or ought to have known about the people he chose to lead the country with him.
These doubts damage the integrity of the Office
of the Prime Minister and the only way for the Office and, consequently, the
nation, to be protected from further damage is for Joseph Muscat to resign with
We strongly reiterate comments made in our statement of 19 May 2017, The nation deserves better, and more, from Government and Parliament, we commented that “Malta’s governance institutions are largely failing to fulfil their roles of preventing and addressing abuses of political and administrative power. It is shameful that the entities entrusted by the nation to ensure justice, fairness, efficiency and democratic process – the public service, the judiciary, administrative tribunals, the police and armed forces, and state agencies – are consistently used as extensions of political party clubs or recruitment agencies.”
We noted a “severe lowering of democratic expectations, where glittering and at times irresponsible electoral promises replace long-term commitments that aim to better the entire nation for the common good.”
The statement of more than two years ago
reverberates loudly today, following a long string of institutional failures
directly connected to the Prime Minister.
It is time for the entire nation to reclaim Malta’s
democratic values. To insist that fundamental human rights, rule of law and
good governance are repositioned at the heart of Government. To embark on a
healing process that will require a revision of our Constitution, a challenging
of the omnipotence of political parties and a strengthening of those
institutions mandated to respect, protect and fulfil our fundamental human
The nation can only start healing with the immediate resignation of Prime Minister Joseph Muscat.
On 12 November, I was in Brussels to attend the 9th EASO Consultative Forum Plenary Meeting. This meeting is a gathering of NGO representatives from all Europe, stakeholders from Member States, European Union officials (EASO and European Commission) and the United Nations (UNHCR).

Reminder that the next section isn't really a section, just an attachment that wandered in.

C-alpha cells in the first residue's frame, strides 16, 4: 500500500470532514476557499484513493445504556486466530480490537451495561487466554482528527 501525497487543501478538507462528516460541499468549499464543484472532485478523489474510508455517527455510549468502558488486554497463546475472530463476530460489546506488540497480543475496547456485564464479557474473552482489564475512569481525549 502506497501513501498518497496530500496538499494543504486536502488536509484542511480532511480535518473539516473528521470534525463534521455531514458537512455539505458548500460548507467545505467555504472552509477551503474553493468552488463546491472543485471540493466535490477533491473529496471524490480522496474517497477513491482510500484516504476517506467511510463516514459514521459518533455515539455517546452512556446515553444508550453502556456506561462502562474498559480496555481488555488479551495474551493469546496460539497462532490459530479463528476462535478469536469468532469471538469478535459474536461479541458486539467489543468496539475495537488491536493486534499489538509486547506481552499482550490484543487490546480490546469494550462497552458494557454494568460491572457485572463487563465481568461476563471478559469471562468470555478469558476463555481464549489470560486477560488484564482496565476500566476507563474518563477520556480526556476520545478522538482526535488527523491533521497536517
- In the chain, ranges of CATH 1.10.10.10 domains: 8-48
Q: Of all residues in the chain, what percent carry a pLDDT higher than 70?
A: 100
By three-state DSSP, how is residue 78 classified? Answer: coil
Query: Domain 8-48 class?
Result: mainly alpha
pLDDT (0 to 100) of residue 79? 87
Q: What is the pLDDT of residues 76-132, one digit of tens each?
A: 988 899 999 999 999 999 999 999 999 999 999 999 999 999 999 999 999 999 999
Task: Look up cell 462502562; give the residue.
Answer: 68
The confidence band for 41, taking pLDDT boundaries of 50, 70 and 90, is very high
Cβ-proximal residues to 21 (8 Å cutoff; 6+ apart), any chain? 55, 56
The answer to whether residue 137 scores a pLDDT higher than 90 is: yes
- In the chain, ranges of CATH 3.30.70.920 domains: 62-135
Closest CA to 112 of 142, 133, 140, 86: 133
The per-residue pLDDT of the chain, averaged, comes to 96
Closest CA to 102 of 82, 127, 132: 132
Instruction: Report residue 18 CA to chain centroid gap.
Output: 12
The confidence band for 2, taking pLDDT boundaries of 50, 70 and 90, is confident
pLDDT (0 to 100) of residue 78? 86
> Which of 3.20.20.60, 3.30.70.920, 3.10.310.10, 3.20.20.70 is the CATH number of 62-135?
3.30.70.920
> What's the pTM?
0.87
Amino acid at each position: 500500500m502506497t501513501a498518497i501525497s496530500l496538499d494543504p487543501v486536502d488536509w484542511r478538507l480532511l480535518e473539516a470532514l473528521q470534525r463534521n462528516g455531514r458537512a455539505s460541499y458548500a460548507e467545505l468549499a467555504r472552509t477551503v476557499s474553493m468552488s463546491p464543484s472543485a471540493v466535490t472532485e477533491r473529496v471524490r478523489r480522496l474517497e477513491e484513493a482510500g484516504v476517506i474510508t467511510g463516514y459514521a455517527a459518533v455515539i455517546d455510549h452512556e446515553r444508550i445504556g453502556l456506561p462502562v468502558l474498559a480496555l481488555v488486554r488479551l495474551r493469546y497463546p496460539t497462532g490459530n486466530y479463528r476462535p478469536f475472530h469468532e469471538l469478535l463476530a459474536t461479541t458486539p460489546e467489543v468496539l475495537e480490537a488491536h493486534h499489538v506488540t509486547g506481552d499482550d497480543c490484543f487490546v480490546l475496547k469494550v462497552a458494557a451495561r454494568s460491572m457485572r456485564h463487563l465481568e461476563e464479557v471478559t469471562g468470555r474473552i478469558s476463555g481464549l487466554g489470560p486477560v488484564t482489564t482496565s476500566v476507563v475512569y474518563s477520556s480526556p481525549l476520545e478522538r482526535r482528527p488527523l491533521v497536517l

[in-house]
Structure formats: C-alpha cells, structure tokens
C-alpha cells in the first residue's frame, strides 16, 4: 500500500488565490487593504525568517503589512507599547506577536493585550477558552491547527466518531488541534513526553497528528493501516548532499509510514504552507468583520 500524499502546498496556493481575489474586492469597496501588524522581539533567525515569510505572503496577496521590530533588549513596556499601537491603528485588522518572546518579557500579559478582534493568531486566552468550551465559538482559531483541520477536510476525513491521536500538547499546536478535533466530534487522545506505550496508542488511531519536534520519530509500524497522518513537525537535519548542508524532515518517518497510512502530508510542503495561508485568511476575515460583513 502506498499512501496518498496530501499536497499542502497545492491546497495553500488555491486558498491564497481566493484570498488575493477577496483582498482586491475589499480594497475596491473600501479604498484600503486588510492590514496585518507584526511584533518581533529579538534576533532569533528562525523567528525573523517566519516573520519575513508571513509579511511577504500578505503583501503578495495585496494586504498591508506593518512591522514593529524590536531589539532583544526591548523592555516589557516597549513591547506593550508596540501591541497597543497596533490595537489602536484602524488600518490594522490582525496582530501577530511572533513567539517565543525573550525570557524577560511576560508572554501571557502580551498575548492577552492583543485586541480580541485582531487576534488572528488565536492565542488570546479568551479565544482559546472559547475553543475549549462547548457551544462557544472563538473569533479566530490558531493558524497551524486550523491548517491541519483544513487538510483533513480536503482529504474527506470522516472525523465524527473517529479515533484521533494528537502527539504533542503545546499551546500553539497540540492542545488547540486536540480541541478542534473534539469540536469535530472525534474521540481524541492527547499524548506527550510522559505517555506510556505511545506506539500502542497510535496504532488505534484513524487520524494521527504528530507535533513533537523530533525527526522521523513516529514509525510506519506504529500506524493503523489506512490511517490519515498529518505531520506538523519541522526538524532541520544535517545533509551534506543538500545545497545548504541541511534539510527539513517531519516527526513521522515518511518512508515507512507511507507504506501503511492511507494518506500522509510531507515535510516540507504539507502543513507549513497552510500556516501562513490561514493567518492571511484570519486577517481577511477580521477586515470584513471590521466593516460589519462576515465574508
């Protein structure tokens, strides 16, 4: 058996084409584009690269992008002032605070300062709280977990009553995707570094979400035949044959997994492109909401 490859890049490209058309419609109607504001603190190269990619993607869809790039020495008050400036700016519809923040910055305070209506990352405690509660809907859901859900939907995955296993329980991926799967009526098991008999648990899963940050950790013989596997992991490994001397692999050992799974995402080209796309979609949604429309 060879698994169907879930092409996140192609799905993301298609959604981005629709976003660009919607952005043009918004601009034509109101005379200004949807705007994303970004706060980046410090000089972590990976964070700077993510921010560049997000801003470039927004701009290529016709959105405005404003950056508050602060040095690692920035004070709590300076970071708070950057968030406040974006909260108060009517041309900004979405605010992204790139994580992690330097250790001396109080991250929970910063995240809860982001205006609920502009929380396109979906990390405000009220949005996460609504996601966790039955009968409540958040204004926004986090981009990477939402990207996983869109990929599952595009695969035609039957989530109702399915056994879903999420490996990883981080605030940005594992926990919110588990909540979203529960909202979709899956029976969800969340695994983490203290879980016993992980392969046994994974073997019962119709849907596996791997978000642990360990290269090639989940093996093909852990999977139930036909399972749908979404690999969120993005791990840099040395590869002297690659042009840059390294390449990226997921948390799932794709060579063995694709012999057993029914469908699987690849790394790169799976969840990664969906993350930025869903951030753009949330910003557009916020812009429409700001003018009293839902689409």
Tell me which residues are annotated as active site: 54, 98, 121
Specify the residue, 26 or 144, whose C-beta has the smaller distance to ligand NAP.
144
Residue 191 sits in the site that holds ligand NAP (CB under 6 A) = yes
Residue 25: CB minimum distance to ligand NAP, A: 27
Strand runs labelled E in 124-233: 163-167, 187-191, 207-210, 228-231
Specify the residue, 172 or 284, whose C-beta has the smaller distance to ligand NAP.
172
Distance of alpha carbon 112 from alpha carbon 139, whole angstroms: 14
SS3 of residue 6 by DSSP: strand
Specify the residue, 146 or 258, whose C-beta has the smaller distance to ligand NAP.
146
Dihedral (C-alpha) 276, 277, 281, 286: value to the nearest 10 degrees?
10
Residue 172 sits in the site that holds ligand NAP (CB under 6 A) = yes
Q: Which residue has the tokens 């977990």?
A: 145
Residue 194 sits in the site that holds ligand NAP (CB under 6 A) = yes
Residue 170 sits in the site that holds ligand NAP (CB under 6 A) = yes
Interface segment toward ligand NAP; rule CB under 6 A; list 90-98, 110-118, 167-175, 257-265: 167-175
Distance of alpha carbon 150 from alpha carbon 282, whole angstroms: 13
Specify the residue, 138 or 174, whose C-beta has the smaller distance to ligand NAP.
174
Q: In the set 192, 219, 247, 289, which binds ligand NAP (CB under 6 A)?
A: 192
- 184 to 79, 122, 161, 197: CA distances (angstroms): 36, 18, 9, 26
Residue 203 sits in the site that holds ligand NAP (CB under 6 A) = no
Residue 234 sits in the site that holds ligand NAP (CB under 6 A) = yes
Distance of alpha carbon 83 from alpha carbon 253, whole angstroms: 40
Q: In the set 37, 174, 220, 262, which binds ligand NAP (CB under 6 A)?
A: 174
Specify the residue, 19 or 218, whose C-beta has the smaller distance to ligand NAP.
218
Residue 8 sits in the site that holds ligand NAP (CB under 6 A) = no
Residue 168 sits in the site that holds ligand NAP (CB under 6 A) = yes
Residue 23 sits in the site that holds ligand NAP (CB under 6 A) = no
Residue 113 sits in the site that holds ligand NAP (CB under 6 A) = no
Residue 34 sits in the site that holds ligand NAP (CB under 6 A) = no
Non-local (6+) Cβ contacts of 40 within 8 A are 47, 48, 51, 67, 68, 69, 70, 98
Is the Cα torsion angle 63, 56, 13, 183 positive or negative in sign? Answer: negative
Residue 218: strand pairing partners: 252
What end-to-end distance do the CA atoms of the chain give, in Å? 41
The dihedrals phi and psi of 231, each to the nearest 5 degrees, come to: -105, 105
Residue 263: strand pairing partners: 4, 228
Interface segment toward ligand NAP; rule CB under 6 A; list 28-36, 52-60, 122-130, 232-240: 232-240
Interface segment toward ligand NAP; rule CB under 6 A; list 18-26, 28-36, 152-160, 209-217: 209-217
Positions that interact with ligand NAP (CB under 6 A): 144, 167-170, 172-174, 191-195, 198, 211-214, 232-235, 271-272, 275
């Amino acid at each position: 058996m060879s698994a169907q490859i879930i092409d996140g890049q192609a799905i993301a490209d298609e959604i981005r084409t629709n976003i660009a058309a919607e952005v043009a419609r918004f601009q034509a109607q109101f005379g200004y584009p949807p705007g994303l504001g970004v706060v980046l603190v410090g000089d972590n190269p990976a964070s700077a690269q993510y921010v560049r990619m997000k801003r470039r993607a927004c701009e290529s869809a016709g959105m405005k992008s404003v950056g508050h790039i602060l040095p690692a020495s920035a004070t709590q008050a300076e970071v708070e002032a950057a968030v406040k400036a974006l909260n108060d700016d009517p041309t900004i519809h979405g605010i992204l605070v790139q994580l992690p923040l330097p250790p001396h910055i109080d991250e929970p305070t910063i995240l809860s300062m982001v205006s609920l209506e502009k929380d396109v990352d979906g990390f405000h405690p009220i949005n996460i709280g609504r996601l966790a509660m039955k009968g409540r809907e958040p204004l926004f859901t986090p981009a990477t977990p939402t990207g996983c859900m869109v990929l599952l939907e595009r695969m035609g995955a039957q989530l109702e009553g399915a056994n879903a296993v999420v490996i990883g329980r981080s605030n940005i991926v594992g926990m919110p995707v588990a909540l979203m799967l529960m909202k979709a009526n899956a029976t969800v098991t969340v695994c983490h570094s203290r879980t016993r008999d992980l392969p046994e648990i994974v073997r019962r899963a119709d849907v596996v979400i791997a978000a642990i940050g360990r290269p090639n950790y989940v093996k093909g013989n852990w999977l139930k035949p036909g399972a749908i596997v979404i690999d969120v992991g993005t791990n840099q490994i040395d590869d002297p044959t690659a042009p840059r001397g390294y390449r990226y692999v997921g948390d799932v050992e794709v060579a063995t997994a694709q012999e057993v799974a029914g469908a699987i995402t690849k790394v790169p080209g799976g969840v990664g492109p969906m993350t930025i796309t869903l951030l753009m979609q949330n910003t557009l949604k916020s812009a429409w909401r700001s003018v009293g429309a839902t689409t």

This year’s Forum was focused on the initial steps in the asylum procedure and the aim was to exchange knowledge from different types of stakeholders.
We heard different panel discussions from experts stressing key considerations, with the opportunity to present questions on issues we’re all facing in our work. Civil society, Member States and European institutions officials had a chance to express their views and hear each other.
Final recommendations from the different workshops focused on outreach and information, registration, and channelling of applicants with special needs.
This gathering is a great opportunity for everyone to learn more, exchange and get inspired in order to do a more appropriate and fairer work. I sincerely thank EASO for supporting my participation at this meeting!
Yesterday we had an intense day in Court with Carla and I handling three important cases: Lifeline, El Hiblu 1 and a gender recognition case. Two of these had successful outcomes and we’re waiting (as I type) for a decision in the third.
Some weeks ago Carla had presented an application requesting the Court of Voluntary Jurisdiction to recognised the affirmed gender of a transgender man. The Gender Identity, Gender Expression and Sex Characteristics Act (GIGESC) states that, when a person has already availed oneself of the procedure to change one’s gender and/or name, the second change needs to happen through a Court application.